Balazs does not shy away from publicity yet retains a certain enigmatic air. He was married to Katie Ford, founder of the Ford Modelling Agency and has two daughters with her, and has dated a number of glamorous women including the actor Uma Thurman. He is currently dating American television personality and author Chelsea Handler. He doesn’t feel uncomfortable with being a celebrity hotelier like his friend, Ace Hotels founder Alex Calderwood.
"Good people in any profession are becoming celebrities," says Balazs. "You can be a computer programmer and be a celebrity. It is happening everywhere."
He has a reputation for taking risks but all Balazs’ decisions are a result of careful calculation.
"Risk is quantifiable," he says. "How one makes a decision is very important when it is made up of so many components. Instinct is made up of experience, thought and where you come from. An honest decision does come from instinct. It is not formulaic."
Designed to be different
The hotelier has maintained an exceptional ability to stimulate the individual guest, each of whom is staying for a different reason. The Standard in West Hollywood creates desirable and sexy experiences: a glass shower with all sides is visible from the bedroom; some guest rooms feature a large foot-sculpture in the bathroom while the reception desk has a nude prone in a vitrine; however, Balazs, the hotelier so closely associated with aesthetics, believes that great hospitality is totally unrelated to great design.
"In our book it is not about how you decorate a place," he reveals. "The design is about how people move through a space, who greets you. It is not the decoration of the space."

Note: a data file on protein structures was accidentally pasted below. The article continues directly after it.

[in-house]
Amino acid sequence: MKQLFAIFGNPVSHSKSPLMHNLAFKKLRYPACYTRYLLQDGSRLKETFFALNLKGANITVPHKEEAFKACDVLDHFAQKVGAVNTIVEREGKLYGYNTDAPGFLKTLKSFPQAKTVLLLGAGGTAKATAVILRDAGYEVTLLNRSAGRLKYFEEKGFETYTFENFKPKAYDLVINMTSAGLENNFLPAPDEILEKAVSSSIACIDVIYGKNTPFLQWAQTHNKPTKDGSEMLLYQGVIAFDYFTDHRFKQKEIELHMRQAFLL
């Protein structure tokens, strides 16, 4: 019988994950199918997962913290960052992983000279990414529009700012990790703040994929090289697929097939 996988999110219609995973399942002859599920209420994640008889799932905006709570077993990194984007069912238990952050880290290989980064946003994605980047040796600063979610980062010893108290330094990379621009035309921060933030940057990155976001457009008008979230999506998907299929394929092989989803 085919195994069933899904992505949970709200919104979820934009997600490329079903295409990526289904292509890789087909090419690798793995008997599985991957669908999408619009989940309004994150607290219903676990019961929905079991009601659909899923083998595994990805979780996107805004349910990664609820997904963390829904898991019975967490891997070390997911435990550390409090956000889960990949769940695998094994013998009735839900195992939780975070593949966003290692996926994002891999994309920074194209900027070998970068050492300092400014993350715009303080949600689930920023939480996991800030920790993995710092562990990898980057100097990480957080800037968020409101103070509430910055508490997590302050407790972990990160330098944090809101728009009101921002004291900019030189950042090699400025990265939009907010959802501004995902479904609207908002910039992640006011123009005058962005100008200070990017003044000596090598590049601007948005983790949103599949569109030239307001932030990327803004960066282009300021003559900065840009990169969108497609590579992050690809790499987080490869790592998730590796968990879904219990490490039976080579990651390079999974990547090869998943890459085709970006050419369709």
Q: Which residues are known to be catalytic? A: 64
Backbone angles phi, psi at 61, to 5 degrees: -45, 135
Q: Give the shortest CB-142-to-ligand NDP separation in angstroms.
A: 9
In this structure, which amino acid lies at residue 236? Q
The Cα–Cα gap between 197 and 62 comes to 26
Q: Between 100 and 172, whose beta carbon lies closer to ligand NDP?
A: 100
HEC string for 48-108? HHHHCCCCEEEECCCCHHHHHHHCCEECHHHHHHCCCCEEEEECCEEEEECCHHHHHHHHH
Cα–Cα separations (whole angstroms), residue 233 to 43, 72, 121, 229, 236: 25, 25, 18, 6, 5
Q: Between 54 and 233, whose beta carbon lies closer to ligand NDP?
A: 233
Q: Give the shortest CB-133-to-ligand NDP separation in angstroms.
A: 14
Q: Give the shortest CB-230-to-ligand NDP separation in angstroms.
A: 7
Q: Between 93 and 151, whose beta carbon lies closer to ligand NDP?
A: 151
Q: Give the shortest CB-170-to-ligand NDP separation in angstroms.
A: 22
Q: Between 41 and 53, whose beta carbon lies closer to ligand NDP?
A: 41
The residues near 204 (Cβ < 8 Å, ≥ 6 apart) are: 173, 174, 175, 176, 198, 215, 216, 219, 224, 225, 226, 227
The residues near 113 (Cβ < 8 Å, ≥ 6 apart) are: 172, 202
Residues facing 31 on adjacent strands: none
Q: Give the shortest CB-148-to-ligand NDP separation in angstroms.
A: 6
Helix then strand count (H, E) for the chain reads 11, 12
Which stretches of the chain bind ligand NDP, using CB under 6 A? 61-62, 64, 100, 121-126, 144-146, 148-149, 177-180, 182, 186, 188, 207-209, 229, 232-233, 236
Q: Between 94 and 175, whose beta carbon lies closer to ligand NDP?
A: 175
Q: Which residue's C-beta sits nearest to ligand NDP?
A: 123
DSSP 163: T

One has only to step into the airy, streamlined lobby of The Standard NYC to experience this.
Balazs does not repeat himself; he creates hotels that chains can only dream of recreating. His hotels are everything the Marriotts and Hyatts are not.
"A Sheraton is a Sheraton whether you put a W on it or not. It is still the same product, the same underlying thing," says Balazs.
Balazs has no desire to enter the mass market yet treads the line as an astute innovator with a name associated with distinct good taste and a finger on everything cool, sexy and desirable.
"Hospitality is a personal business," he says. "That is one of the reasons companies of a certain size have difficulty delivering it."
Blogs are filled with rumours of Balazs’ next move, whether it be speculating about the possible conversion of Eero Saarinen’s iconic Terminal 5 at JFK into a Standard or a recent sighting of him ‘poking around’ at the legendary Chelsea Hotel. Whatever Balazs sets his sights on, it is likely to keep in line with his ability to consistently surprise and stimulate.